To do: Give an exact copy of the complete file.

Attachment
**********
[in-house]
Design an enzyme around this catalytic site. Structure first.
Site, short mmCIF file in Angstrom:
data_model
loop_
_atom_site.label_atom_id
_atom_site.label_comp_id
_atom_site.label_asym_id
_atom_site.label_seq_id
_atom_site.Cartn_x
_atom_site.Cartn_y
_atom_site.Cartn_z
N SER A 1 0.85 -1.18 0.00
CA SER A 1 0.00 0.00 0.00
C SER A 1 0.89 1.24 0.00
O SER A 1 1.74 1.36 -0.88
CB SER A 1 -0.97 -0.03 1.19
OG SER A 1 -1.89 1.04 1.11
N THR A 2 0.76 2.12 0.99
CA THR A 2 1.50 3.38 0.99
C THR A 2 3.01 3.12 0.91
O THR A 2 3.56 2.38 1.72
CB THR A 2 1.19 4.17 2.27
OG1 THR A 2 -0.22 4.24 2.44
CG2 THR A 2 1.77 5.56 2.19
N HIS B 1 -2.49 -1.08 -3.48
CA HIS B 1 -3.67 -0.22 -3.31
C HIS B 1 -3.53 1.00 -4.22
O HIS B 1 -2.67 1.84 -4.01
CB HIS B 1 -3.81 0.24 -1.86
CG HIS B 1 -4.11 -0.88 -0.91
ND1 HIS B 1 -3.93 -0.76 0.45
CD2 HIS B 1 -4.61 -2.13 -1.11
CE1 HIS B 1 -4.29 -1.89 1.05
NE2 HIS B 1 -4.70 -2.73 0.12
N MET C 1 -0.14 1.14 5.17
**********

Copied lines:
[in-house]
Design an enzyme around this catalytic site. Structure first.
Site, short mmCIF file in Angstrom:
data_model
loop_
_atom_site.label_atom_id
_atom_site.label_comp_id
_atom_site.label_asym_id
_atom_site.label_seq_id
_atom_site.Cartn_x
_atom_site.Cartn_y
_atom_site.Cartn_z
N SER A 1 0.85 -1.18 0.00
CA SER A 1 0.00 0.00 0.00
C SER A 1 0.89 1.24 0.00
O SER A 1 1.74 1.36 -0.88
CB SER A 1 -0.97 -0.03 1.19
OG SER A 1 -1.89 1.04 1.11
N THR A 2 0.76 2.12 0.99
CA THR A 2 1.50 3.38 0.99
C THR A 2 3.01 3.12 0.91
O THR A 2 3.56 2.38 1.72
CB THR A 2 1.19 4.17 2.27
OG1 THR A 2 -0.22 4.24 2.44
CG2 THR A 2 1.77 5.56 2.19
N HIS B 1 -2.49 -1.08 -3.48
CA HIS B 1 -3.67 -0.22 -3.31
C HIS B 1 -3.53 1.00 -4.22
O HIS B 1 -2.67 1.84 -4.01
CB HIS B 1 -3.81 0.24 -1.86
CG HIS B 1 -4.11 -0.88 -0.91
ND1 HIS B 1 -3.93 -0.76 0.45
CD2 HIS B 1 -4.61 -2.13 -1.11
CE1 HIS B 1 -4.29 -1.89 1.05
NE2 HIS B 1 -4.70 -2.73 0.12
N MET C 1 -0.14 1.14 5.17